According to a leading researcher at the Royal College of Psychiatrists’ International Congress, a single magnetic resonance imaging (MRI) scan may soon help hundreds of thousands of people who have bipolar disorder get a faster and more accurate – and possibly life-saving – diagnosis.

Professor Mary Phillips, professor of psychiatry and director of the Clinical and Translational Affective Neuroscience Program at the University of Pittsburgh, told the Congress that missed and delayed diagnosis is one of the major problems in dealing with bipolar disorder.

She said, “Only one in five sufferers are correctly diagnosed at first presentation to a doctor and it can take up to ten years before suffers receive a correct diagnosis.” 

Difficulty in telling the difference between unipolar (normal) depression and bipolar disorder is a major problem for health care providers. 

Professor Phillips stated, “The problem is that sufferers [of bipolar disorder] frequently fail to tell their doctors about hypomanic phases because they can be experienced as quite pleasant or judged not to be abnormal at all.”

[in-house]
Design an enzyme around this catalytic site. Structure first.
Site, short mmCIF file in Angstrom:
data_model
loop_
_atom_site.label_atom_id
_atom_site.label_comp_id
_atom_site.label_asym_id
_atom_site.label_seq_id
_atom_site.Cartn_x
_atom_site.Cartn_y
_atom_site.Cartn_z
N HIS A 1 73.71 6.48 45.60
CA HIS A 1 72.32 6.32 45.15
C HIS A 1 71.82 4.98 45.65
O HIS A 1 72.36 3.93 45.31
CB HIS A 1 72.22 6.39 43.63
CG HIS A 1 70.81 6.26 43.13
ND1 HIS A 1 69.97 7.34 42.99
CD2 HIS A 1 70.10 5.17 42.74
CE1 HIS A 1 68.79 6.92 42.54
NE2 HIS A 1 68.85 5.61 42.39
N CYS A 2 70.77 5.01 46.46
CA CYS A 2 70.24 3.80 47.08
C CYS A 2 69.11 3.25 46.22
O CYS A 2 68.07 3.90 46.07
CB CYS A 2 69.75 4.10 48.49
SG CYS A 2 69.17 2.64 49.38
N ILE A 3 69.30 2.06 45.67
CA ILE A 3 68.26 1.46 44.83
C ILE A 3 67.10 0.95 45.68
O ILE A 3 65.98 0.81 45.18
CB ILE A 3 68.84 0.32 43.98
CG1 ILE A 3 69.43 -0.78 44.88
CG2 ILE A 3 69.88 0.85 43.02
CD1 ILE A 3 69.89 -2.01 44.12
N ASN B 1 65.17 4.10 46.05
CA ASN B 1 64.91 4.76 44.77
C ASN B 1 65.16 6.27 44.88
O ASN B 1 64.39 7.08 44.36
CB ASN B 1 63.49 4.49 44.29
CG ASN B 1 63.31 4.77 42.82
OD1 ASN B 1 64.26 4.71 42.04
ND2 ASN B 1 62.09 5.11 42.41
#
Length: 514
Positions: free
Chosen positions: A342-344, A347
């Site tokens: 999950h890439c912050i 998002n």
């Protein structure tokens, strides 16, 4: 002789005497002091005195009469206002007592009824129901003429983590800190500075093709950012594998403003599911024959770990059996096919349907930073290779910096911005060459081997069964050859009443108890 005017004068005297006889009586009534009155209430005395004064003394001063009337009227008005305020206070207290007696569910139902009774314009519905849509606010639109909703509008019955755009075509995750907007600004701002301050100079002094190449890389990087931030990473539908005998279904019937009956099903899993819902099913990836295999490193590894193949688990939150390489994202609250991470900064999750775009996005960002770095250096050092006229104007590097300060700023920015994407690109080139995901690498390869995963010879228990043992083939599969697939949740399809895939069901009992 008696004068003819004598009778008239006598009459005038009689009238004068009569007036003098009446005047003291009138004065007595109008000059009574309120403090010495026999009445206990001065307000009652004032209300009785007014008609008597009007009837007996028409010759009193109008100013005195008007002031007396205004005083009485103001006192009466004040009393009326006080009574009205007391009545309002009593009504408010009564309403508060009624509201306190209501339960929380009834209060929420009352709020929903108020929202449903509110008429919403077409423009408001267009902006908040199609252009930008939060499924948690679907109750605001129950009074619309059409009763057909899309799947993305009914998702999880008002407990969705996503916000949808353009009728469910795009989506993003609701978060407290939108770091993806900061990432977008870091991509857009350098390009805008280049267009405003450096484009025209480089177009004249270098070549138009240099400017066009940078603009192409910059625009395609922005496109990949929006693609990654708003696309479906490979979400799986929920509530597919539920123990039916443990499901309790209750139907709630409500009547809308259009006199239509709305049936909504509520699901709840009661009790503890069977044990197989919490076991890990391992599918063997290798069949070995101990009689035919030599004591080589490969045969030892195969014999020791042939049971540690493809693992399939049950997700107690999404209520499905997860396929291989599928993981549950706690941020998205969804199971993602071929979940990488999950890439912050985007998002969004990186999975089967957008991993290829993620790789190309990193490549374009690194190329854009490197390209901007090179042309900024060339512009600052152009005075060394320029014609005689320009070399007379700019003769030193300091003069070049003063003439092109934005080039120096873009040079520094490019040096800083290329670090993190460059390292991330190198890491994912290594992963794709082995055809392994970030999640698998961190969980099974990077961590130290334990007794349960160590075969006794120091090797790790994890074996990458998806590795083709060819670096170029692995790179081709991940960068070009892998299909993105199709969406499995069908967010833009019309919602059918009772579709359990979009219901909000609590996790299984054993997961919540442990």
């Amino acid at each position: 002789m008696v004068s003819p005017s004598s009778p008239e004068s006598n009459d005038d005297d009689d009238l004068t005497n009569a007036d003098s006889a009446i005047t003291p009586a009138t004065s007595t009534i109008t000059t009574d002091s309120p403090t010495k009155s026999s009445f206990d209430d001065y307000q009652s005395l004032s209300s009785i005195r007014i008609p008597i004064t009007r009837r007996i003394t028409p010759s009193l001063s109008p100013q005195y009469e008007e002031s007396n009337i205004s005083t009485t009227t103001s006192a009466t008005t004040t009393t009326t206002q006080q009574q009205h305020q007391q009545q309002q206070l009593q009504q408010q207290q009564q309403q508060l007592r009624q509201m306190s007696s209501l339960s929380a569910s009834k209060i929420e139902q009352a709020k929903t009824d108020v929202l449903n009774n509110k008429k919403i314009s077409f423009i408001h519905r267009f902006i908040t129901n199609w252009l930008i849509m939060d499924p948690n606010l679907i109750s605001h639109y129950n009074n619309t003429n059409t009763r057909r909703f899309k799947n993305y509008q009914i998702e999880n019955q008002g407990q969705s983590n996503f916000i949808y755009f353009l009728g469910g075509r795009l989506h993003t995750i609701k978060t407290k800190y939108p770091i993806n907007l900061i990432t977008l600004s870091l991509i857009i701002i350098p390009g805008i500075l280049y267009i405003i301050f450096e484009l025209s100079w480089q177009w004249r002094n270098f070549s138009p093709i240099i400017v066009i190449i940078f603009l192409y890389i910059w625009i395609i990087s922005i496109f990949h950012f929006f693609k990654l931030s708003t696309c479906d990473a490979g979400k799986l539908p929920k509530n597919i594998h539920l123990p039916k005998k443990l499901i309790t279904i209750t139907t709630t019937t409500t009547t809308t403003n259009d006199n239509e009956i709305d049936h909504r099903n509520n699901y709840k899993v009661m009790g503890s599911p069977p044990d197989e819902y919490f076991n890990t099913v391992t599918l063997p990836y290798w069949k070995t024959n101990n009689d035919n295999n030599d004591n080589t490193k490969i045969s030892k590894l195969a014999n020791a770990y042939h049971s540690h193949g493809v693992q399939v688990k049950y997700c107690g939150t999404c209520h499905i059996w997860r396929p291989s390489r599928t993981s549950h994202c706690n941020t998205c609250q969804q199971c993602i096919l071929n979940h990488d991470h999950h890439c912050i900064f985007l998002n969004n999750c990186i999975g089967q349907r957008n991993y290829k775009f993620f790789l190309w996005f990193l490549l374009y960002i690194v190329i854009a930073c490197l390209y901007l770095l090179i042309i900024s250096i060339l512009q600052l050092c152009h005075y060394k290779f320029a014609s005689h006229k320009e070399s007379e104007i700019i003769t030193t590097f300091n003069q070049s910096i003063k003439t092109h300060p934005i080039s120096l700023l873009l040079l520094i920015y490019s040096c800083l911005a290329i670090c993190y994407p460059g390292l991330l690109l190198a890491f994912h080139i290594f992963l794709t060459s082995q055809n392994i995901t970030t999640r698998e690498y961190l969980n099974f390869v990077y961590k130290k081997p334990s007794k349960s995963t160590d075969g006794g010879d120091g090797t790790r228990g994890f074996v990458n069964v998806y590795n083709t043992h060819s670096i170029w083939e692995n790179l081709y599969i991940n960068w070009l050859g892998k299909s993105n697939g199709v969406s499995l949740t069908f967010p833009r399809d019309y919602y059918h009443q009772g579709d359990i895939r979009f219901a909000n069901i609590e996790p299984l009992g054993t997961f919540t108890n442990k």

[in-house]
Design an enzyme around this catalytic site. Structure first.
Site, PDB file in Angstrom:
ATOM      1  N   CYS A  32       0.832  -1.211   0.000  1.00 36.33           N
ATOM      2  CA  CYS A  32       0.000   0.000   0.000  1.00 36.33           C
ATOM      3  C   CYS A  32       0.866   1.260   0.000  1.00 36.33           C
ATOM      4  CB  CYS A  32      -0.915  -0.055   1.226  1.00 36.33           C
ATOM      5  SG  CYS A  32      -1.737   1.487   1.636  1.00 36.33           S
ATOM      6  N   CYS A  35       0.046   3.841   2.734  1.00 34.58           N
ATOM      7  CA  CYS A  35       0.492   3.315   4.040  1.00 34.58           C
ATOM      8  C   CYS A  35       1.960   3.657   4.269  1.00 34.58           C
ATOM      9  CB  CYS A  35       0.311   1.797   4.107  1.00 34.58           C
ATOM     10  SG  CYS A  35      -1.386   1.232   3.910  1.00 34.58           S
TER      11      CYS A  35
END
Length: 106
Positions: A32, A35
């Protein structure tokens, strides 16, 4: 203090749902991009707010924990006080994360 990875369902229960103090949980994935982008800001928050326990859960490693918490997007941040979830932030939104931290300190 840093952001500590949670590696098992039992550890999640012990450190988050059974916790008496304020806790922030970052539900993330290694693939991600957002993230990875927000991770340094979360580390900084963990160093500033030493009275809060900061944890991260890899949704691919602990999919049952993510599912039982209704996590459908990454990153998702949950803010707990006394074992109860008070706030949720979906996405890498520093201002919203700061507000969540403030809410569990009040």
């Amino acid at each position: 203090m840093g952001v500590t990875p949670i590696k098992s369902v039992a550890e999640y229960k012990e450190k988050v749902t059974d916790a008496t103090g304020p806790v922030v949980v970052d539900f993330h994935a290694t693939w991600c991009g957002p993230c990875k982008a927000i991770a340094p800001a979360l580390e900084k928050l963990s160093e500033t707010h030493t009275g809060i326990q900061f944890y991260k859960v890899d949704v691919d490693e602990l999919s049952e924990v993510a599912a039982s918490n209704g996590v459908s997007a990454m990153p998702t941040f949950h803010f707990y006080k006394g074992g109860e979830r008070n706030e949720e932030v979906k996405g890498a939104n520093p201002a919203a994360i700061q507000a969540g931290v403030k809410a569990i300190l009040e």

Yet research done at the University of Pittsburgh shows that bipolar disorder may be more accurately diagnosed – in the near future – with a combination of a Functional MRI (which scans the brain’s ‘software’ or neural pathways), as well as a DTI, or Diffusion Tension Imaging (which scans the brain’s white matter). 

Professor Philips told the Congress that scans of people's brains who have depression or bipolar disorder show ‘functionally coupled’ activity in two regions of the brain, the amygdala (which processes emotions), and the pre-frontal cortex (which is important for emotional regulation).   

This study involved MRI scans comparing brain function in two separate groups of people – one group with unipolar depression, and the other group with bipolar disorder. It revealed two types of depression which appear to be easily distinguished “by a very different and distinct pattern of brain activity.”

Professor Philips said: “If there’s a plan to do just one MRI in the future to try to decide whether someone has bipolar or depression, I’d suggest focusing the right pre-frontal cortex. If there is any abnormality in functioning between the right and pre-frontal cortex and right amygdala, the chances are that the person has bipolar.” 

Professor Phillips suggested that the scans might also be used at some point to predict a future onset of bipolar disorder in young people who are not yet affected by the disorder.